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Obstetrics in the time of Coronavirus: A Tertiary Maternity Centre’s Preparations and Experience during the COVID-19 Pandemic
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  • Shau Khng Jason Lim,
  • Joella Ang,
  • Eng Loy Tan,
  • Andy Tan,
  • Woei Bing Poon,
  • Selina Ho,
  • Srabani Bharadwaj,
  • Moi Lin Ling,
  • Yu Ling Kang,
  • Tze Tein Yong,
  • Lay Kok Tan
Shau Khng Jason Lim
Singapore General Hospital
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Joella Ang
Singapore General Hospital
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Eng Loy Tan
Singapore General Hospital
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Andy Tan
Singapore General Hospital
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Woei Bing Poon
Singapore General Hospital
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Selina Ho
Singapore General Hospital
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Srabani Bharadwaj
Singapore General Hospital
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Moi Lin Ling
Singapore General Hospital
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Yu Ling Kang
Singapore General Hospital
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Tze Tein Yong
Singapore General Hospital
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Lay Kok Tan
Singapore General Hospital
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Abstract

Objective Since the outbreak of Coronavirus Disease 2019 (COVID-19) in Singapore in January 2020, our maternity centre at Singapore General Hospital has devised and implemented contingency protocols to manage COVID-19 suspected or infected pregnant mothers. These aimed to deliver effective care while ensuring the safety of our front-line healthcare workers.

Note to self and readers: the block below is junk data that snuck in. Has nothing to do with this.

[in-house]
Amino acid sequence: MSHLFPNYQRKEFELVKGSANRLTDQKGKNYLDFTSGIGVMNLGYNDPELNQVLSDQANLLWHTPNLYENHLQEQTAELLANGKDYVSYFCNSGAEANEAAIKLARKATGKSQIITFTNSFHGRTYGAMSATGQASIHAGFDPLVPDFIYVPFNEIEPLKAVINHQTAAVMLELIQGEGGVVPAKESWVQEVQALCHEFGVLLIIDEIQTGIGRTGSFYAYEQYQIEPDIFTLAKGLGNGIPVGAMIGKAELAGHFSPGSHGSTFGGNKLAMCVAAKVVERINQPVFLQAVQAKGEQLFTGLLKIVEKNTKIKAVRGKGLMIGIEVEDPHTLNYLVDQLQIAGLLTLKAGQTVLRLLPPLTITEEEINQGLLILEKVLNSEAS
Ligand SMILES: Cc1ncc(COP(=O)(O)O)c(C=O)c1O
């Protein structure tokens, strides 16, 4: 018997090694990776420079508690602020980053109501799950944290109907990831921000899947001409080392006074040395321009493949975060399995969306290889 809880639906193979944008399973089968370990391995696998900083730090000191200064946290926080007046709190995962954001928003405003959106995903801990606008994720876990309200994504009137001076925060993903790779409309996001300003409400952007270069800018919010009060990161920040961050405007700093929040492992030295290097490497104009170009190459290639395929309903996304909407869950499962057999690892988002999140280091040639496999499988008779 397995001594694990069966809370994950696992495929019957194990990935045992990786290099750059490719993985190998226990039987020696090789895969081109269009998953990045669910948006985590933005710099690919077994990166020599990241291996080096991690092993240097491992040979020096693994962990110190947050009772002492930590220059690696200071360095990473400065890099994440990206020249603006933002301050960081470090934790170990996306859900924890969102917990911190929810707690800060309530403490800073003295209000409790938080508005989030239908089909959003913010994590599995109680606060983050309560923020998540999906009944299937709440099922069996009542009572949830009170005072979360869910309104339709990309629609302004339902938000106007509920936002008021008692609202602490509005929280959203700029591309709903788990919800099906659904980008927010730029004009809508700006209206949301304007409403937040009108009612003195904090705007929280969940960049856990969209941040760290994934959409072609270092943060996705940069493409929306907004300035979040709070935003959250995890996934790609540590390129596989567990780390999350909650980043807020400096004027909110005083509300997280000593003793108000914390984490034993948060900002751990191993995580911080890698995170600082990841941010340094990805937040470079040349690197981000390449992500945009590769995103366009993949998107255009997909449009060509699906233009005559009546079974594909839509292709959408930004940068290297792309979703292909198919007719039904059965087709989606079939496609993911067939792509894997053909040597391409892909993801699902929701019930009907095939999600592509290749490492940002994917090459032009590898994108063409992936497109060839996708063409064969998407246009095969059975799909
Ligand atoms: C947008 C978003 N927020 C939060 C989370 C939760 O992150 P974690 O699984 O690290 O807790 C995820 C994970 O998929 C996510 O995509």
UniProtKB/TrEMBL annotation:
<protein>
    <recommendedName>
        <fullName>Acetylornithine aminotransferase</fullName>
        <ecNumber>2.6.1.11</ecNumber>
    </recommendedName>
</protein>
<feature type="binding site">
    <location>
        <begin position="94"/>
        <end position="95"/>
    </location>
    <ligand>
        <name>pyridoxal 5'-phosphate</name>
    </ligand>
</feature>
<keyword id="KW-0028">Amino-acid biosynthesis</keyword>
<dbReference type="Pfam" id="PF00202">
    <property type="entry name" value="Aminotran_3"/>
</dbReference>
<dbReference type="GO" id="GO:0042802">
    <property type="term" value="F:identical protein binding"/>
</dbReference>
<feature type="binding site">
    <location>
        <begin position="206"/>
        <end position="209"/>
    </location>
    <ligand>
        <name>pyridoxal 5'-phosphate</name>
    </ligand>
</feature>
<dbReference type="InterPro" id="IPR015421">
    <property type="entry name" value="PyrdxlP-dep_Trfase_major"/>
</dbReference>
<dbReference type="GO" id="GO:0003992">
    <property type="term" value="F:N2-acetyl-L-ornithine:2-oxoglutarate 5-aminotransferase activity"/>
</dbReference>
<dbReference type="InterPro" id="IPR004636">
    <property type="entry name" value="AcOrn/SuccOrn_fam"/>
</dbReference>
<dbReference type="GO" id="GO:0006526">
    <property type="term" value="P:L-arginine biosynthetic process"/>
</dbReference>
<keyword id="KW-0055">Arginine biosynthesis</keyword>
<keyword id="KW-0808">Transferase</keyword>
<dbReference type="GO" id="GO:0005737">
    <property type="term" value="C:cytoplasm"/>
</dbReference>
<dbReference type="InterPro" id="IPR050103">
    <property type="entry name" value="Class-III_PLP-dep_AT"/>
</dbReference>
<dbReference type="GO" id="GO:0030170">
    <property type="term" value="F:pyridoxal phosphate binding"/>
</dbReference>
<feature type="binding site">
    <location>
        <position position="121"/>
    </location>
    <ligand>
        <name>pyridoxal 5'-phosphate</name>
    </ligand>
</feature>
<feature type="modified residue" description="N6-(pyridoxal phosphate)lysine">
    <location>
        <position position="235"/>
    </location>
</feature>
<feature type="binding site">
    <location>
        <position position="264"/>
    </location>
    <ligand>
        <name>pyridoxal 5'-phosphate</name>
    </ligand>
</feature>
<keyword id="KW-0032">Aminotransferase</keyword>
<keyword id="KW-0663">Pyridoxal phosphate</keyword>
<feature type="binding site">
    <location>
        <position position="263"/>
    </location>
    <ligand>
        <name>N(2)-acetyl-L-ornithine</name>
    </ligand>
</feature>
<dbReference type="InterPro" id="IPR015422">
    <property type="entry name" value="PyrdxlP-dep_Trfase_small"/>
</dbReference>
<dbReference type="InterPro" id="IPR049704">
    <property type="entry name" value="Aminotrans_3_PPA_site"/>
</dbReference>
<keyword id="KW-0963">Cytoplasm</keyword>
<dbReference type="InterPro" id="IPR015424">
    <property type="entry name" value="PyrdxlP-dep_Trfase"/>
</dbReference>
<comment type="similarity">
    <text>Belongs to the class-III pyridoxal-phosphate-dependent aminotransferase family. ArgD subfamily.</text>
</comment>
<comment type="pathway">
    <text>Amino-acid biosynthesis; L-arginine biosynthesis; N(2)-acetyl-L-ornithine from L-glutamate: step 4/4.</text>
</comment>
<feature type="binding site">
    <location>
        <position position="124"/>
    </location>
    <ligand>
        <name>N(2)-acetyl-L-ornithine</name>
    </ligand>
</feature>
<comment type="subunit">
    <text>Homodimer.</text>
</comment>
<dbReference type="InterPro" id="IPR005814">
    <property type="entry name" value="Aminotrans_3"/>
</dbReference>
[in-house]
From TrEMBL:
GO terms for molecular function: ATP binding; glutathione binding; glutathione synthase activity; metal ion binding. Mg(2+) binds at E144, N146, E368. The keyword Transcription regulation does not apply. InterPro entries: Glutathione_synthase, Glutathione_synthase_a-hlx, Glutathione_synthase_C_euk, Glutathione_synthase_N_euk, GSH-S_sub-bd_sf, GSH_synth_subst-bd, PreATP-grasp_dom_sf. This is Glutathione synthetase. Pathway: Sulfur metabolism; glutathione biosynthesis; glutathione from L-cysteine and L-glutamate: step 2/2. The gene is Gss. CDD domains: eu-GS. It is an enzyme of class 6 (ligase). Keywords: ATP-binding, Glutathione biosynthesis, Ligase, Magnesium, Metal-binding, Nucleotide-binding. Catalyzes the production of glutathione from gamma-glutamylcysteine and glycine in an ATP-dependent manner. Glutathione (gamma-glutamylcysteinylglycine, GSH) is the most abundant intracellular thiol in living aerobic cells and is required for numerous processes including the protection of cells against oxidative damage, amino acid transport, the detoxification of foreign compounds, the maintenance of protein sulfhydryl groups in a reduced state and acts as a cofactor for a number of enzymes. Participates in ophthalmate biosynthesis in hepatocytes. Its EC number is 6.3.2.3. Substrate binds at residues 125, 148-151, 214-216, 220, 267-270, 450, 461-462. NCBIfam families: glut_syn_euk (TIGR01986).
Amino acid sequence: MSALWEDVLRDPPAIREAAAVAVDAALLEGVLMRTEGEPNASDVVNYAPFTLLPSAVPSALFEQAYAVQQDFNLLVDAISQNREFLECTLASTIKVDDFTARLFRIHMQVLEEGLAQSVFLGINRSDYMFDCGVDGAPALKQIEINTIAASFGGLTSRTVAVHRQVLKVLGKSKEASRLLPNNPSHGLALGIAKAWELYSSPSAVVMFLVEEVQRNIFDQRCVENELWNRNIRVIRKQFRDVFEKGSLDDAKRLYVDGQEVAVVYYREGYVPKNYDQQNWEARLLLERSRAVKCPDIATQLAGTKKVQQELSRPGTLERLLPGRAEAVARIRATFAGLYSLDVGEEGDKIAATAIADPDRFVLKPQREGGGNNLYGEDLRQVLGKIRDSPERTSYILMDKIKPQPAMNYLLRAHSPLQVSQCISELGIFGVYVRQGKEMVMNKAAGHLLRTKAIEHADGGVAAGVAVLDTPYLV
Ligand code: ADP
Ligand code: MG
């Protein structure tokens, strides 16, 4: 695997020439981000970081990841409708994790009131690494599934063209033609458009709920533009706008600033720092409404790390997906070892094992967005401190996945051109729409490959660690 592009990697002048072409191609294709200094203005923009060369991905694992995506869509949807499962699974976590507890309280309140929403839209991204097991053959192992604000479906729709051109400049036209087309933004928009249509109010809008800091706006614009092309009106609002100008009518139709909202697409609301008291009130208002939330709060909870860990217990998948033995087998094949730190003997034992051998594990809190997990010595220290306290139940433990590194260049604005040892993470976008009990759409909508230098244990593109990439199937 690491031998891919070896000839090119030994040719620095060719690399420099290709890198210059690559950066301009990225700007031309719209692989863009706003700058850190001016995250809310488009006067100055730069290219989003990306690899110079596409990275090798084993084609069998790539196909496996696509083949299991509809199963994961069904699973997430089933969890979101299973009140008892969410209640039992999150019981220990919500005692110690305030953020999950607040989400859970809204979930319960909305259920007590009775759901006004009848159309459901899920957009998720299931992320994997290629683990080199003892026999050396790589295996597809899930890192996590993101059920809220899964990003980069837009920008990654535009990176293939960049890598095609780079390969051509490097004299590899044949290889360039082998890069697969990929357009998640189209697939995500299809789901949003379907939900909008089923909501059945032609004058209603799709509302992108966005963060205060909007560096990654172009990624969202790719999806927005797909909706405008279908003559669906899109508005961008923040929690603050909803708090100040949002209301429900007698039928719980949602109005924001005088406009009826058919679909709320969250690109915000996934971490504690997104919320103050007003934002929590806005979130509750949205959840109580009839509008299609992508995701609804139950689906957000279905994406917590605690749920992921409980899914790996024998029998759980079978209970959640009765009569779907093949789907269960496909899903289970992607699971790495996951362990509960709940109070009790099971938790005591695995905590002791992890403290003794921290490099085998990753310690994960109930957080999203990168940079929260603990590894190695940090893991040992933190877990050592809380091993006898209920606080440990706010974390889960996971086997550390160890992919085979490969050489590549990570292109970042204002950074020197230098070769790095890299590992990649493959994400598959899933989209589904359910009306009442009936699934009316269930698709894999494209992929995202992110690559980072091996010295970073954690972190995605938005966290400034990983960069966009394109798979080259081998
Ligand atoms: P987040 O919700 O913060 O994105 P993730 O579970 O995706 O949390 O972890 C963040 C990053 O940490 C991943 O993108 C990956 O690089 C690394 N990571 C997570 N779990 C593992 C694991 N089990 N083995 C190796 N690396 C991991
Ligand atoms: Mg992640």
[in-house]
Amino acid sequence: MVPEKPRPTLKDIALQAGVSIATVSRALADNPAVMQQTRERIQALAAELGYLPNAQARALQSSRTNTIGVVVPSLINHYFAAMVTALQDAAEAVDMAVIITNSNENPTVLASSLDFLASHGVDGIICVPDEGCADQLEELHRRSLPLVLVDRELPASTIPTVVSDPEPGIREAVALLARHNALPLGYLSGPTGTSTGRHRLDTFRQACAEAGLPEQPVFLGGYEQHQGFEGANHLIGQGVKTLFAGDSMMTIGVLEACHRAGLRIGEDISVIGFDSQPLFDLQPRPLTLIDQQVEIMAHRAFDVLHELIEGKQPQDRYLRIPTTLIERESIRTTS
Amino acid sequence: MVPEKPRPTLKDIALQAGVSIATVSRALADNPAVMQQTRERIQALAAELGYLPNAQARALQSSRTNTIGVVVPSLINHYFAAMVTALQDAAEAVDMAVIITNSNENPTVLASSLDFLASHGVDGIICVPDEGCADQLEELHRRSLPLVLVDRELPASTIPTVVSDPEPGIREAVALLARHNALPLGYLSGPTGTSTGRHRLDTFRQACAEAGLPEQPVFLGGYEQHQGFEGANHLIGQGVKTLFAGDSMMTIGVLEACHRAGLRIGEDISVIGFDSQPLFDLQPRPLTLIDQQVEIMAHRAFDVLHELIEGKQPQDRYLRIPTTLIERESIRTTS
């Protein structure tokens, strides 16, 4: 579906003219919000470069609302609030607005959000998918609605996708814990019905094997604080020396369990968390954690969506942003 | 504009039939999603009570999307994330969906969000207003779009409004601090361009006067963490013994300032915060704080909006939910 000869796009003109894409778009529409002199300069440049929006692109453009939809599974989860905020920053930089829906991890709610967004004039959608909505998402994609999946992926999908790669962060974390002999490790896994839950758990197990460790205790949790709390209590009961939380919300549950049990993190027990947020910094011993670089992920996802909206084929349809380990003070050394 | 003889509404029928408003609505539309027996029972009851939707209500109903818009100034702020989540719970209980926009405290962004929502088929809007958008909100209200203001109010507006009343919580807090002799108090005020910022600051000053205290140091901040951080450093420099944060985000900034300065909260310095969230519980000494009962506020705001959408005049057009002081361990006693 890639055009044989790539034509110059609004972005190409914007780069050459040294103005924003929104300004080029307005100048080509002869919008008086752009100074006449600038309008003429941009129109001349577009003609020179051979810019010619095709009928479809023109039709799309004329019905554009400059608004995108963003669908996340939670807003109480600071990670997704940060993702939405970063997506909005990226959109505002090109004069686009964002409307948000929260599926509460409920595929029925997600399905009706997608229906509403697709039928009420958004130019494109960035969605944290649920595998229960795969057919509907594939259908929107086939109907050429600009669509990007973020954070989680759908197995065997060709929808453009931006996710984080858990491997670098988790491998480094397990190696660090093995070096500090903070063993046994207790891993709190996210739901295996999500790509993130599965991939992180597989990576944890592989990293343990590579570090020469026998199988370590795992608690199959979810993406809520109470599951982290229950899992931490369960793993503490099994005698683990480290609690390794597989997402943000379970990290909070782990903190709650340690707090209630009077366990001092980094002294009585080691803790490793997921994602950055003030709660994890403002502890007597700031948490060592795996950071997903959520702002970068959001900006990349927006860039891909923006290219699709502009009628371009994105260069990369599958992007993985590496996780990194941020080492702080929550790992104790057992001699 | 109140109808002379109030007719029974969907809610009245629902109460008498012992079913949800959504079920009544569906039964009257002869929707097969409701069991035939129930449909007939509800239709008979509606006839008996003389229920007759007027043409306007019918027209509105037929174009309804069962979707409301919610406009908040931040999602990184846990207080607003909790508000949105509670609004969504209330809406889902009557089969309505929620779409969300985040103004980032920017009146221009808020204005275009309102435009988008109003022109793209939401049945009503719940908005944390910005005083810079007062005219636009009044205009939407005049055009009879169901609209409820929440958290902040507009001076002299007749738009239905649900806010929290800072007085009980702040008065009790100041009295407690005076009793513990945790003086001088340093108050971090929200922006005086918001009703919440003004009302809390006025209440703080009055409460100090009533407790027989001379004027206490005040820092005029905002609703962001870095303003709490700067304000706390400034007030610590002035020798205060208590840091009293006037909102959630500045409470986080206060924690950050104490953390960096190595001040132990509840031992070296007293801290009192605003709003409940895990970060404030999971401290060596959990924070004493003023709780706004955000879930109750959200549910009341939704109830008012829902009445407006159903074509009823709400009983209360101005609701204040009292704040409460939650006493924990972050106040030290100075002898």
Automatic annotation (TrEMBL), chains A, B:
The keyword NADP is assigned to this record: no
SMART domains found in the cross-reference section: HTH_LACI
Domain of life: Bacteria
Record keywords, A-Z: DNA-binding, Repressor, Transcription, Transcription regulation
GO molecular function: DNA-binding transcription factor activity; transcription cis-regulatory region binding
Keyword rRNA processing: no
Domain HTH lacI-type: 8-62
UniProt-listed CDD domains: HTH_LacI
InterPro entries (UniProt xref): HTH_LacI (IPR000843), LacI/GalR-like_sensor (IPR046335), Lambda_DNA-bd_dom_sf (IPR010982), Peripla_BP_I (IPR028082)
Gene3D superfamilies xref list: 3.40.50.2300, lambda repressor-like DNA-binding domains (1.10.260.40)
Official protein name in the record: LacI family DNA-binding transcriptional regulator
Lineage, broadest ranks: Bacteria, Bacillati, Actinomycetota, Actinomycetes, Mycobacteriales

Methods The epidemiology and pathogenicity of SARS-COV-2 was compared to the Severe Acute Respiratory Syndrome outbreak in 2003. Our protocols were constructed following multidisciplinary discussions. These workflow processes include triage, isolation, determination of admission criteria and subsequent secured transfers to dedicated isolation wards. Intrapartum management policies including mode of delivery were reviewed with the focus on minimising maternal-fetal transmission. Postpartum care (breastfeeding and skin-to-skin contact) policies were re-evaluated.
Results The Centre conducted several multidisciplinary in-situ simulations which identified potential latent threats and deficiencies in infection containment. These were gaps in communication and co-ordination between operating theatre, obstetrics and neonatal teams resulting in delayed transfers. A particular vulnerability was the consistent breaches observed in the donning and doffing of personal protective equipment. This led to a need for additional personnel to guide and police strict adherence among healthcare workers.
Conclusion Operational readiness leverage on robust contingency protocols which must be subjected to simulation and scrutiny with subsequent revision. We recommend deploying additional supervisory manpower to maintain strict adherence to infection prevention protocols. Effective preparation is key in maintaining high clinical standards of obstetric care while ensuring safety of healthcare workers during this ongoing pandemic.
Funding No funding nor conflicts of interest.